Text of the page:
In this TechRepublic How to Make Tech Work video, Jack Wallen shows how to stop and remove all Docker containers at once with just two simple commands.
I cannot tell you how many times I’ve had way too many Docker containers running and wanted to just blow them all away and start over. Granted, I wouldn’t do this on a production machine; but if you’re working on a development environment where it doesn’t matter if you kill every running container, then using this nuclear option is a good way to go.
For instance, you might need to deploy a new testing container on a port that some other test container is using. Instead of tracking that container down – and as long as you don’t need any other container to stay running – there’s a much easier solution for this. What I’m about to show you does exactly what it sounds like.
The first command will stop all running containers, and the second command deletes them. It works every time. Here’s how you do it.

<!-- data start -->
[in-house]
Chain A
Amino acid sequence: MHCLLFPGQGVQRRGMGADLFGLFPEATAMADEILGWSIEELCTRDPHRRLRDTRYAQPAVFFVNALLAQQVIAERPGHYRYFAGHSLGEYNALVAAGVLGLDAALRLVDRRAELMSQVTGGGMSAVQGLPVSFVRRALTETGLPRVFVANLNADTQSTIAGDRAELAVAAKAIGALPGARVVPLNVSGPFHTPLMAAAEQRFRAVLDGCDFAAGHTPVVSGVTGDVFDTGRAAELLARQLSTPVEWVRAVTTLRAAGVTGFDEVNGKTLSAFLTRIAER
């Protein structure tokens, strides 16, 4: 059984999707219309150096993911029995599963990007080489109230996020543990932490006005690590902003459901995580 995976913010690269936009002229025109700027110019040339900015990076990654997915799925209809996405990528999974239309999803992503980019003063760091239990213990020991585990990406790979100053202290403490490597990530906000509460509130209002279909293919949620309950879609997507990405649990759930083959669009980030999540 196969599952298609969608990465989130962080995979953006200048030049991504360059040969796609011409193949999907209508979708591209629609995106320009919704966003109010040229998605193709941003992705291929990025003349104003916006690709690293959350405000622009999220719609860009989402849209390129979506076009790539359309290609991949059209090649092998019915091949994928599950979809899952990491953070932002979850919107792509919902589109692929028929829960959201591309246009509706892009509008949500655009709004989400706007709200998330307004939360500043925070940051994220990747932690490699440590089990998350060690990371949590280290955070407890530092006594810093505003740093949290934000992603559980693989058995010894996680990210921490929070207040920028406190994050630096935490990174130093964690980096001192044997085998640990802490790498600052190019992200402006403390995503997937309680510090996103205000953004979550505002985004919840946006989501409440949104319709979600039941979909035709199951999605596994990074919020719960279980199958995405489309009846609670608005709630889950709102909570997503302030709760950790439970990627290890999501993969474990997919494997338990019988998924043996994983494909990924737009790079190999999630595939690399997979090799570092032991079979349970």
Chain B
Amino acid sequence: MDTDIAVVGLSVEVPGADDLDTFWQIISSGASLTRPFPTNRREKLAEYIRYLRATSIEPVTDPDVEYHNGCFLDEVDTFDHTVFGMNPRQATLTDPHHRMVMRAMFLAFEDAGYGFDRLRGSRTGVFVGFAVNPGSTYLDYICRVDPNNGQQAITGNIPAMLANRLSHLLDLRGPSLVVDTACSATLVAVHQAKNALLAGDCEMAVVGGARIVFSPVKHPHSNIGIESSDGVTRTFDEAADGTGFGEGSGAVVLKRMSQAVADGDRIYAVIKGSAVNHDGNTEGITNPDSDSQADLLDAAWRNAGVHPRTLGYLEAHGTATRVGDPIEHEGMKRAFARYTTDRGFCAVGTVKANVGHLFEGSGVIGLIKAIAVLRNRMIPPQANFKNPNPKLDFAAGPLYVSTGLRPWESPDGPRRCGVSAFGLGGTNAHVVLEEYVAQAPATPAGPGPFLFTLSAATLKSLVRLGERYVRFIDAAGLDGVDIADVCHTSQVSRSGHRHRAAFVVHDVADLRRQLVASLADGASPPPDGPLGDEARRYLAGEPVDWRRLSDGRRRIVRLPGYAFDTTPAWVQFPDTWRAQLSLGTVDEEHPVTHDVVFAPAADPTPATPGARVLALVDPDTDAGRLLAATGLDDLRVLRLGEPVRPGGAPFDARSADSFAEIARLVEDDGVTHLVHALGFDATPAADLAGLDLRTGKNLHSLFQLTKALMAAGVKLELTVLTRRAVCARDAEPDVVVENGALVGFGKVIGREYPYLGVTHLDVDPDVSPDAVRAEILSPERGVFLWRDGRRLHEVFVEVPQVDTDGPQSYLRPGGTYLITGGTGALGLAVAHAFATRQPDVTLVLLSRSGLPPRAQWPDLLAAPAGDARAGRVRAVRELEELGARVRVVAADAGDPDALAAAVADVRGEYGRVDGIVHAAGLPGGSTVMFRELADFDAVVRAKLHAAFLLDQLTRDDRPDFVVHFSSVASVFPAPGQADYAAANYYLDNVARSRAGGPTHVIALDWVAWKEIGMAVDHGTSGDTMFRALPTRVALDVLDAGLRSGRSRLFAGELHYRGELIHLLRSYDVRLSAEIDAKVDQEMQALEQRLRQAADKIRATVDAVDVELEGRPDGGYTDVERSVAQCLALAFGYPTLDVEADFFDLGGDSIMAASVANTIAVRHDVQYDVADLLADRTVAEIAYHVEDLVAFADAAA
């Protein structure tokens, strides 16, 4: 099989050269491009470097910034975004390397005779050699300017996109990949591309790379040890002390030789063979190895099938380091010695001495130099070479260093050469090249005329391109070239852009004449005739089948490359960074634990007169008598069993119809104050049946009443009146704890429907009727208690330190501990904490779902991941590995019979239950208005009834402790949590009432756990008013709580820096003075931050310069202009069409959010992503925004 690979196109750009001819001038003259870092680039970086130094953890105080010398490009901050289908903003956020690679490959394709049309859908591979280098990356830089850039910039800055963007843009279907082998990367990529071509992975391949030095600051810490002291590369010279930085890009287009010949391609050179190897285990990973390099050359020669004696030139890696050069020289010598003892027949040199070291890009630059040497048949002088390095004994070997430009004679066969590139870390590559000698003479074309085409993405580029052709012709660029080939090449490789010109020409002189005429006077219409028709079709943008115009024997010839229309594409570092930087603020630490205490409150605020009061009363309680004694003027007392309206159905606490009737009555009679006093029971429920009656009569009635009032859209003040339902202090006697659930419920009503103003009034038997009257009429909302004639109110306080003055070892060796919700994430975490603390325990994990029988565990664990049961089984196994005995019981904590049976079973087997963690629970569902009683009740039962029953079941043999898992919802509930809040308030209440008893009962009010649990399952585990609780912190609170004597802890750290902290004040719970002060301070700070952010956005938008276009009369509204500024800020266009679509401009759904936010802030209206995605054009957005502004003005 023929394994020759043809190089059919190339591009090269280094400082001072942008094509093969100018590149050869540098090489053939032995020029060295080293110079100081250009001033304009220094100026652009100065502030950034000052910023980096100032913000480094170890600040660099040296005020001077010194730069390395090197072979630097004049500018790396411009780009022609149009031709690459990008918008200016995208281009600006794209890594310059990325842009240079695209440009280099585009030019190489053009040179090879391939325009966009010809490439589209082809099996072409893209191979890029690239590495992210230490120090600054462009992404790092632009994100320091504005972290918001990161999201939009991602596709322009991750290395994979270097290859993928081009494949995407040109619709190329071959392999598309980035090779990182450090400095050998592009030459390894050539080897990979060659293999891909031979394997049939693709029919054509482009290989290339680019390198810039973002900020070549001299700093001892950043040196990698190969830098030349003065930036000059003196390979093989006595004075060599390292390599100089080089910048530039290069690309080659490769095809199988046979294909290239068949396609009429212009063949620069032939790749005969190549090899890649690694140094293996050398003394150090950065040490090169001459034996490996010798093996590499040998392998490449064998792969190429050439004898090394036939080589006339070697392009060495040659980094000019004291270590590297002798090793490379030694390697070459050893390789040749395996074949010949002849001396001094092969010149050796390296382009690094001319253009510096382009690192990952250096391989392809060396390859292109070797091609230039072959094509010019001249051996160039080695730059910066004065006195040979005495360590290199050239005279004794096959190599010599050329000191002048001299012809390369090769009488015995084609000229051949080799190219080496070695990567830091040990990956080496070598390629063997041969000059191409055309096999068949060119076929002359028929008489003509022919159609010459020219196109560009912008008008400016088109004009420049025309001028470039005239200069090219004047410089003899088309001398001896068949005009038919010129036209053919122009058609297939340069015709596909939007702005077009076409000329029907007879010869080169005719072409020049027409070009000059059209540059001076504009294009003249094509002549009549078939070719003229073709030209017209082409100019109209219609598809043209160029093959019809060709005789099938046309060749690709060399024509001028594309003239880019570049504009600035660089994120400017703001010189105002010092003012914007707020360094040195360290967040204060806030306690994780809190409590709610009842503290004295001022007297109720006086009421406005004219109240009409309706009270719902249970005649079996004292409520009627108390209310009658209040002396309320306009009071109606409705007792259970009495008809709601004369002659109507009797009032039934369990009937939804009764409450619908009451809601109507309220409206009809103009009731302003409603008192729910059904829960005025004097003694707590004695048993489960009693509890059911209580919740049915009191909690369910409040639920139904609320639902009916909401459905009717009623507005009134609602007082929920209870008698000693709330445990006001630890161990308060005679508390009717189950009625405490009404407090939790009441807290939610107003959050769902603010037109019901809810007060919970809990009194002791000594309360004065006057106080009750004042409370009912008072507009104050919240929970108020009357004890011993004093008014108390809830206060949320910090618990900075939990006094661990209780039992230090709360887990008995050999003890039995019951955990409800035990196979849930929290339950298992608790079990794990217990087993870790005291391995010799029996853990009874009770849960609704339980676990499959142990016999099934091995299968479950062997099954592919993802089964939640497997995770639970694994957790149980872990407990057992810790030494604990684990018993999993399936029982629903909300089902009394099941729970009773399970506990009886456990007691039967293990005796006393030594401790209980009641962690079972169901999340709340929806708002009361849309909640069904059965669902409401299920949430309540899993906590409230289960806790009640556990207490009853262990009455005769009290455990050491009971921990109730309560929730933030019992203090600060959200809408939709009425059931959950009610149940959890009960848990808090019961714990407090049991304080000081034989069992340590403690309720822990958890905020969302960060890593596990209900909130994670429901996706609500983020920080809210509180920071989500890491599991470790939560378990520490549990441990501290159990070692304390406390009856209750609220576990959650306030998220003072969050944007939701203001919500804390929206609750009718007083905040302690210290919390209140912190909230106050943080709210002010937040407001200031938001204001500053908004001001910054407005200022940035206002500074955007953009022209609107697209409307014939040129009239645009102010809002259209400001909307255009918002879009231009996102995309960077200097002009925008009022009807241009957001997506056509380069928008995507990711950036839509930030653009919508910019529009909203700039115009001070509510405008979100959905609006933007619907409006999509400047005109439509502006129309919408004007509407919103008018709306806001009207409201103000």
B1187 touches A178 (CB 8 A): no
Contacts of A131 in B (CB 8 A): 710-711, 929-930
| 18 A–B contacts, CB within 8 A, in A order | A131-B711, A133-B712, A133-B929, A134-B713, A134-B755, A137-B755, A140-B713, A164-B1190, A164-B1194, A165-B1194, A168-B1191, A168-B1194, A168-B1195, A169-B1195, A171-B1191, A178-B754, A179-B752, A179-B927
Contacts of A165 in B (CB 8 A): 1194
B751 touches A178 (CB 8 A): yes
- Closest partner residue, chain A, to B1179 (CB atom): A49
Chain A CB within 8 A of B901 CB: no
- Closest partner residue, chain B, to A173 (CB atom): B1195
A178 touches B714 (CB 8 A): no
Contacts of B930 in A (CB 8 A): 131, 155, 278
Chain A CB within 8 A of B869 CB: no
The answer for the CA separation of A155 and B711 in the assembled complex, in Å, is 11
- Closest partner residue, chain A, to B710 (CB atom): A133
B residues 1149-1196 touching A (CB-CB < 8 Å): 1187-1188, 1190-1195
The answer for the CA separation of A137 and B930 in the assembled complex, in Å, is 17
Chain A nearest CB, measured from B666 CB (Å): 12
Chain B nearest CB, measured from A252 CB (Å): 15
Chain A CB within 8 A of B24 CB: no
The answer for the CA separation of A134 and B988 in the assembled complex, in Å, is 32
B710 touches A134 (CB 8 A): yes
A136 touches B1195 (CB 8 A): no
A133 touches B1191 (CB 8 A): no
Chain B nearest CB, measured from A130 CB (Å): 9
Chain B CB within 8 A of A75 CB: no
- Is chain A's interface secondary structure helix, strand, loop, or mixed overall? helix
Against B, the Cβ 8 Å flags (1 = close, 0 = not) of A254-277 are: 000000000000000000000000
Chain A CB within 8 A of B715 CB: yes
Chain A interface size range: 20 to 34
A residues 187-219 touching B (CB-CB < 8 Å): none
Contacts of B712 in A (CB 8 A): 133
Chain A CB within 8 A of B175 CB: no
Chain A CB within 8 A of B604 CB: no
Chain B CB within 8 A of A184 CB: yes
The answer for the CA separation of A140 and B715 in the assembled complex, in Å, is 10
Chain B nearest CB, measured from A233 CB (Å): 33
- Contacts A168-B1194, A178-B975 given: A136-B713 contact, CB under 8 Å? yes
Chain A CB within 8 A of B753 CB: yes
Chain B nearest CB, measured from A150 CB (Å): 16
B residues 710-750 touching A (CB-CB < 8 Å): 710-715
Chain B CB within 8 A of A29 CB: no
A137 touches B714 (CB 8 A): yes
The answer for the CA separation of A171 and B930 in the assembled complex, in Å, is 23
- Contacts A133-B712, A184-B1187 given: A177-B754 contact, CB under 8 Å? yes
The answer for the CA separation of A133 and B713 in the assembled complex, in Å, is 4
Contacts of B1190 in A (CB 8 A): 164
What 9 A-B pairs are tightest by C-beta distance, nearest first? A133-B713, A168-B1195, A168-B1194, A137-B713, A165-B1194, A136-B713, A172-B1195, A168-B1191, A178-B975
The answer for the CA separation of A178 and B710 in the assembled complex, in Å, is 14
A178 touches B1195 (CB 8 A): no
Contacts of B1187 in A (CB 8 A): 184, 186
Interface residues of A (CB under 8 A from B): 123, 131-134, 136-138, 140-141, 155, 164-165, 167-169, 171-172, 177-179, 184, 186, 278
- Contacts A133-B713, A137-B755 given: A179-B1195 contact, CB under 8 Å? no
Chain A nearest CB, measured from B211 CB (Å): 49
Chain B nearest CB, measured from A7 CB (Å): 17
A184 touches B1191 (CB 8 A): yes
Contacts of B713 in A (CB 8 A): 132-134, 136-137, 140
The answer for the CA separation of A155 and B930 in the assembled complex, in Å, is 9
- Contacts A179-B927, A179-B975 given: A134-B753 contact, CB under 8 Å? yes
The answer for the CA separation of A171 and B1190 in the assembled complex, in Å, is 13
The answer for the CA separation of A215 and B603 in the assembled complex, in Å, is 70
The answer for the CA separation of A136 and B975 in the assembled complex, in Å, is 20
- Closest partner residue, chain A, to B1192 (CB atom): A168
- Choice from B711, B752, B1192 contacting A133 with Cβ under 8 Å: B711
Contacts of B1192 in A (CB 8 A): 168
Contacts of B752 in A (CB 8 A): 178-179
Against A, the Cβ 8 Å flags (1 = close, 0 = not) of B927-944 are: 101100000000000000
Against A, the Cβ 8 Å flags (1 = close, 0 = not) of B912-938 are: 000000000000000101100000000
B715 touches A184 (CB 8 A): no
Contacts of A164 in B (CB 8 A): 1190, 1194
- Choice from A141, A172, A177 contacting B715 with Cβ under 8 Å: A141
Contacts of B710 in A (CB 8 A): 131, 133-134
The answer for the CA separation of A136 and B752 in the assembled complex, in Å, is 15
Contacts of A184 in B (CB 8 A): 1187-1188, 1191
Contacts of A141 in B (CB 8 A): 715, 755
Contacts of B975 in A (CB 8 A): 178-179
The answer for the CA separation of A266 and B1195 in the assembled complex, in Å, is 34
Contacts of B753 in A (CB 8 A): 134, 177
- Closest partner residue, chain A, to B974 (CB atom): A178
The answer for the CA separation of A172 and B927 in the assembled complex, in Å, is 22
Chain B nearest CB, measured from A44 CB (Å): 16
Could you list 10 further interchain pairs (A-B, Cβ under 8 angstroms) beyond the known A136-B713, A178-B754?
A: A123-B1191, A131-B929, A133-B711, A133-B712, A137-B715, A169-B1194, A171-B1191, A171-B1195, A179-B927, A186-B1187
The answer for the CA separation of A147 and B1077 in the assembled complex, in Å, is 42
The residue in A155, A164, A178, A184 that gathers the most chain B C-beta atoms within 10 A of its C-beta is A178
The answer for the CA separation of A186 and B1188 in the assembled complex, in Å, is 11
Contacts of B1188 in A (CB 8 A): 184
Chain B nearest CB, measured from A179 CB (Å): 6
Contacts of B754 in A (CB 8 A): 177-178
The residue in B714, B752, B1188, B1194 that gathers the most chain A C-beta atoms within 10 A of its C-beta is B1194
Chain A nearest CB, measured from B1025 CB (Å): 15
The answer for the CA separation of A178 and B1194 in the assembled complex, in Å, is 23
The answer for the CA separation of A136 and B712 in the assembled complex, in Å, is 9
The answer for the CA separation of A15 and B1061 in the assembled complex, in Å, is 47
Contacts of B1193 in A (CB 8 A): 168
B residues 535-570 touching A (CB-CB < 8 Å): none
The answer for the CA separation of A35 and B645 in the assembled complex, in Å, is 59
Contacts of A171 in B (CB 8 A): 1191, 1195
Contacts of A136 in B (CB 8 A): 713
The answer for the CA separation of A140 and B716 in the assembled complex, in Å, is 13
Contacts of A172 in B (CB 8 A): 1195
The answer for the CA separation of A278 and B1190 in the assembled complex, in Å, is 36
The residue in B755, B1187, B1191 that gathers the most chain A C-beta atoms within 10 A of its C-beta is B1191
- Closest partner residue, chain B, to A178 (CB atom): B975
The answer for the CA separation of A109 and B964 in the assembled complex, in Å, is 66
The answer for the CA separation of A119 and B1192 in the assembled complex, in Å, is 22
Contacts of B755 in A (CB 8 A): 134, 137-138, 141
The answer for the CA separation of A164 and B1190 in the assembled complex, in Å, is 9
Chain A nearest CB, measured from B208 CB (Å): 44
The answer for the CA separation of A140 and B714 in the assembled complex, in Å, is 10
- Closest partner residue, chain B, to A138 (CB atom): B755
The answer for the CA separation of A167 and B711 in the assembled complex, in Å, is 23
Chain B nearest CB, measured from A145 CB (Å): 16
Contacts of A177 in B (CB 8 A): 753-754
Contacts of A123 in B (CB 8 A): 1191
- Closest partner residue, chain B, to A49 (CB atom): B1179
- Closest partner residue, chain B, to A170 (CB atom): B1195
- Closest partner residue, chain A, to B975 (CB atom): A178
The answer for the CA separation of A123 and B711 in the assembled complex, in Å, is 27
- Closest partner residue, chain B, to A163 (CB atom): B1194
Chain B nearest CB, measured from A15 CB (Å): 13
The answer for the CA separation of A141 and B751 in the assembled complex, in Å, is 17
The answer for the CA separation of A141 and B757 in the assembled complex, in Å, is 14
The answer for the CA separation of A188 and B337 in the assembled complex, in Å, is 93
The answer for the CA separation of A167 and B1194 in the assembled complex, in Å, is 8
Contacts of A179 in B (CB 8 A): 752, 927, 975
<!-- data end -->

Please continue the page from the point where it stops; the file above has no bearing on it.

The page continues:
To stop all of your running Docker containers, issue the command docker stop $(docker ps -a -q). The next command removes all containers, which is docker remove $(docker ps -a -q).
As you can see, there are two commands: docker remove (or stop) give docker ps -a -q. The first command uses the output of the second command as a variable, so if you have multiple containers running, it’ll either stop or remove them all at once. This command comes in very handy, although remember to use it wisely. If you have any containers running that must remain up, you’re better off stopping and removing the containers manually.
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